Consultants Provide Update On Martin Street Tide Gate Project

By Adam Swift

City officials and consultants provided an update on the Rumney Marsh Martin Street Tide Gates improvement project at a public input session last Thursday.

The project seeks to reduce flooding in the Martin Street and Rumney Marsh area.

The current two-year phase of the project is being funded by a state Municipal Vulnerability Preparedness (MVP) grant.

“In this phase of the project, we are looking specifically at the Martin Street tide gate and we’re looking to design and permit an upgraded tide gate that is going to function property and provide some additional resiliency,” said Chris Pyman, a project engineer with Weston and Sampson.

The first year of this phase of the project will include the preliminary design and field investigations, while the second year the engineers are going to advance the design of the project and work to the project permitted through the necessary local and state regulatory agencies.

“These improvements will help to improve flooding upstream, as well as help improve conditions in Rumney Marsh as well the Central County Ditch marsh, which is the upstream salt marsh on the catchment side of the tide gate,” said Pyman.

Construction improvements to the tide gate could get underway as soon as Fiscal Year 2025, and should bring improvements to people in the neighborhood experiencing flooding, he said.

During the presentation, Pyman and other consultants also touched upon the environmental issues the marsh area and the city as a whole face, as well as how properly working tide gates can help with some of those issues.

Residents who attended the meeting also provided input on their use of and concerns about Rumney Marsh.

The majority of respondents to a slide questionnaire stated they were concerned about environmental issues in the marsh area.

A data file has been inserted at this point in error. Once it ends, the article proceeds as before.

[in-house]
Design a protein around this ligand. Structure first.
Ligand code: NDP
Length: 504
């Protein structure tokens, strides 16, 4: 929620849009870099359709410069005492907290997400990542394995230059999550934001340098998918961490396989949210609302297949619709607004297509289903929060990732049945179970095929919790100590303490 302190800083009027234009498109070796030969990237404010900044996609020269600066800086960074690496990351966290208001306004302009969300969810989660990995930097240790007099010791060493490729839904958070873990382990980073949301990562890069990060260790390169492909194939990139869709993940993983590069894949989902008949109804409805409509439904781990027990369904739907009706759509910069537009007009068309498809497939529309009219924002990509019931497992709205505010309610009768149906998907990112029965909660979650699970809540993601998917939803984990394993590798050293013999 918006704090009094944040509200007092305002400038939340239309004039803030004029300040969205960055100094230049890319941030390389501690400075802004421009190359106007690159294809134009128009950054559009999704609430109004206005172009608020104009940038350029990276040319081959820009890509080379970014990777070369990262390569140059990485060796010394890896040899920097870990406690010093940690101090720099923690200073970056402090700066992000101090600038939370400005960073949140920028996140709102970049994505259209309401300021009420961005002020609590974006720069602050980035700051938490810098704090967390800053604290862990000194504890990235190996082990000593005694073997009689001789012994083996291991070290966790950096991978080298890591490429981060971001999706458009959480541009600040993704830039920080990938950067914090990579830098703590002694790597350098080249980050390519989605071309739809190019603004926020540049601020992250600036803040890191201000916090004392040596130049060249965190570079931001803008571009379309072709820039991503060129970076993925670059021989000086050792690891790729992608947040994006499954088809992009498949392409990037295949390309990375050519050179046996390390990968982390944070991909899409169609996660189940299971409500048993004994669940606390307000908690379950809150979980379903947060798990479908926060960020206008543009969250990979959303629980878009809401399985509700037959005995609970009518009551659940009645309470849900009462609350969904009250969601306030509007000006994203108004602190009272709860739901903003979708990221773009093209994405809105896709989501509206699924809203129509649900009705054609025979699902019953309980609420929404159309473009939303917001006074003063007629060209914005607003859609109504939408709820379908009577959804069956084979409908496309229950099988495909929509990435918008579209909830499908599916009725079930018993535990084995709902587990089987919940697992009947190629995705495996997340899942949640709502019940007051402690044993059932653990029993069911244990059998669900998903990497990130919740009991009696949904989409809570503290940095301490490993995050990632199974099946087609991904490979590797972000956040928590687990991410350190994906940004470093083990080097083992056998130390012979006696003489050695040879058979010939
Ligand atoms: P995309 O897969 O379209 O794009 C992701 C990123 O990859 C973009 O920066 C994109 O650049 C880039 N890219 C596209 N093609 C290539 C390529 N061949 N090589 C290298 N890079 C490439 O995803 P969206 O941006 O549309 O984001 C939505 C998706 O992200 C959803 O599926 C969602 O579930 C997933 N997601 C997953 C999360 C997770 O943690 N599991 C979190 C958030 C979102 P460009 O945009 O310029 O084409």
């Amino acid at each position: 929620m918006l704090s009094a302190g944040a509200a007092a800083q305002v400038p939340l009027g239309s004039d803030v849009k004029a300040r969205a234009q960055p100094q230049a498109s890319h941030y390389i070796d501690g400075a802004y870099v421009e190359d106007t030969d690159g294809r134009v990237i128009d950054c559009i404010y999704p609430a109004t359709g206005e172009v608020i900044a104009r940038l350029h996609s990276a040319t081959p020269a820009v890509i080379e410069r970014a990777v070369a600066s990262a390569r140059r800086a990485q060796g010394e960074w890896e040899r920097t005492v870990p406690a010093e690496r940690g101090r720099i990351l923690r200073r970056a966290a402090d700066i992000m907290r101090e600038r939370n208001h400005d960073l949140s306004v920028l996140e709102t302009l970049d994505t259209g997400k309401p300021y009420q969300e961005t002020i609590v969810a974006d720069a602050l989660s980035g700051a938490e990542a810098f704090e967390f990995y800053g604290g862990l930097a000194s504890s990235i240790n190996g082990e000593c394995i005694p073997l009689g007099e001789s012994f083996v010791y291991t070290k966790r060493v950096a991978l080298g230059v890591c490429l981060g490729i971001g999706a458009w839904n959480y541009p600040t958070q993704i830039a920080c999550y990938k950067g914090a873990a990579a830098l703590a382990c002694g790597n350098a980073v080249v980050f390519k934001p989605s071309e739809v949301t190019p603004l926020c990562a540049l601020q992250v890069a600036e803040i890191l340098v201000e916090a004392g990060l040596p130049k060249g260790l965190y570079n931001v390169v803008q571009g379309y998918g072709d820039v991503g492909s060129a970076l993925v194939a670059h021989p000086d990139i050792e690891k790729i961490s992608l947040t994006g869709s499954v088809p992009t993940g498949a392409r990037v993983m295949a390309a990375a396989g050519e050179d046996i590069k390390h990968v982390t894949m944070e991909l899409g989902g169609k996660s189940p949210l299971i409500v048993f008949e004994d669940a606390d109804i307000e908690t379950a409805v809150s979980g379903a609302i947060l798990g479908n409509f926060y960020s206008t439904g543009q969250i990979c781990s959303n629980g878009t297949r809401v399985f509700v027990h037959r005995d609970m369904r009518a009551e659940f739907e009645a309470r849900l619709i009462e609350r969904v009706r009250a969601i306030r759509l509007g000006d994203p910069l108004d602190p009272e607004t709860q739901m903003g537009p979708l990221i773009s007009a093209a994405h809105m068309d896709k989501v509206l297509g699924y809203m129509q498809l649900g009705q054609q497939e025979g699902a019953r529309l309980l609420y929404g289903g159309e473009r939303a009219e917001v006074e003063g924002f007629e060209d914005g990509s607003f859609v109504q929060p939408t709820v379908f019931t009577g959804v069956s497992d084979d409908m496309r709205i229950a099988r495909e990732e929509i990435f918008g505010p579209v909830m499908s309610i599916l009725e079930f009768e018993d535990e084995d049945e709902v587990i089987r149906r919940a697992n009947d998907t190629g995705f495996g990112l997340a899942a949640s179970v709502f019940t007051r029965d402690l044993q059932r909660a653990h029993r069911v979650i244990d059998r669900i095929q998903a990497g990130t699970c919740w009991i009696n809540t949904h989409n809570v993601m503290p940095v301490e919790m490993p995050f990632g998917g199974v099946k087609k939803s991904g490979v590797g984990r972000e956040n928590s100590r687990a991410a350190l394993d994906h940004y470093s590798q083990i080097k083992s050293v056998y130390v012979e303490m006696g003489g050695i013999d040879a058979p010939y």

When asked about how they use the area, several residents stated they enjoy walking and birdwatching.

“Revere is a coastal city, so it needs tide gates to effectively manage stormwater and protect the community from flooding, “ said Pyman. “Without tide gates, tidal flow would inundate the stormwater system and during storm events and high tide, the storm water would have nowhere to go and the system would be inundated with salt water.”

Last year, the city undertook the first phase of the Martin Street Tide Gate project with improvements to the Diamond Creek catchments, said Pyman.

“We looked at the whole Diamond Creek catchment area, which is the basin upstream of the Martin Street tide gate,” said Pyman. “It is approximately 574 acres, of which 329 acres is impervious surface areas – places where when it rains, the water does not have any ground to go into, so it is going to run off until it finds grass or dirt.”

Pyman noted that there is a great need for the improvements, since the current tide gate at Martin Street does not function as it was designed to function.

The current tide gate operates on a buoy system that has been stuck at times in both the open and closed positions, Pyman said.

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